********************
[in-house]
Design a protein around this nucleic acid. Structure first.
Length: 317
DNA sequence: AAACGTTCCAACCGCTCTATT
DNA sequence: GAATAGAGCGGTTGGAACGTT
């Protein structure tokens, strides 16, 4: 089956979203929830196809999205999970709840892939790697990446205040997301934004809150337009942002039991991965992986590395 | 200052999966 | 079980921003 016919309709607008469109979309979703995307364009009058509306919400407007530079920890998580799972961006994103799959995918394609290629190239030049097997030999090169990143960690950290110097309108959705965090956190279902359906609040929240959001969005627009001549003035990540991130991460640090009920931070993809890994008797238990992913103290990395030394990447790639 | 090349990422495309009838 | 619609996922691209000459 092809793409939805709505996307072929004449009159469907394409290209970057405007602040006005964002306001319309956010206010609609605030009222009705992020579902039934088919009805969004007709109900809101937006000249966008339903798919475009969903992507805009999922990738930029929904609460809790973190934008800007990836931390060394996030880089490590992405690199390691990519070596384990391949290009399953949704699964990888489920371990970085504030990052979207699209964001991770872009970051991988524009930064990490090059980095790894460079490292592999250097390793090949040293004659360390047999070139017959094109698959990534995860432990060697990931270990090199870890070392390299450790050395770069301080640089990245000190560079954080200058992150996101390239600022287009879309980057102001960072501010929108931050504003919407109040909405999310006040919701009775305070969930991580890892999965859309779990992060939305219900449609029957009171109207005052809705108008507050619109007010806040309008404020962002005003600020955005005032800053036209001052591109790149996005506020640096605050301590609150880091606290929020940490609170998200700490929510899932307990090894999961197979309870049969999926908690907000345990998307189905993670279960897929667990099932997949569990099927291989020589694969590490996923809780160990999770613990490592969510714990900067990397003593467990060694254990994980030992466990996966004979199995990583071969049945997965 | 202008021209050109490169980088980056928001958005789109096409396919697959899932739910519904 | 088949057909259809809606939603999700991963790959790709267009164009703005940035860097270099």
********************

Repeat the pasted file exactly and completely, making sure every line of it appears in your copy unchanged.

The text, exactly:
[in-house]
Design a protein around this nucleic acid. Structure first.
Length: 317
DNA sequence: AAACGTTCCAACCGCTCTATT
DNA sequence: GAATAGAGCGGTTGGAACGTT
């Protein structure tokens, strides 16, 4: 089956979203929830196809999205999970709840892939790697990446205040997301934004809150337009942002039991991965992986590395 | 200052999966 | 079980921003 016919309709607008469109979309979703995307364009009058509306919400407007530079920890998580799972961006994103799959995918394609290629190239030049097997030999090169990143960690950290110097309108959705965090956190279902359906609040929240959001969005627009001549003035990540991130991460640090009920931070993809890994008797238990992913103290990395030394990447790639 | 090349990422495309009838 | 619609996922691209000459 092809793409939805709505996307072929004449009159469907394409290209970057405007602040006005964002306001319309956010206010609609605030009222009705992020579902039934088919009805969004007709109900809101937006000249966008339903798919475009969903992507805009999922990738930029929904609460809790973190934008800007990836931390060394996030880089490590992405690199390691990519070596384990391949290009399953949704699964990888489920371990970085504030990052979207699209964001991770872009970051991988524009930064990490090059980095790894460079490292592999250097390793090949040293004659360390047999070139017959094109698959990534995860432990060697990931270990090199870890070392390299450790050395770069301080640089990245000190560079954080200058992150996101390239600022287009879309980057102001960072501010929108931050504003919407109040909405999310006040919701009775305070969930991580890892999965859309779990992060939305219900449609029957009171109207005052809705108008507050619109007010806040309008404020962002005003600020955005005032800053036209001052591109790149996005506020640096605050301590609150880091606290929020940490609170998200700490929510899932307990090894999961197979309870049969999926908690907000345990998307189905993670279960897929667990099932997949569990099927291989020589694969590490996923809780160990999770613990490592969510714990900067990397003593467990060694254990994980030992466990996966004979199995990583071969049945997965 | 202008021209050109490169980088980056928001958005789109096409396919697959899932739910519904 | 088949057909259809809606939603999700991963790959790709267009164009703005940035860097270099």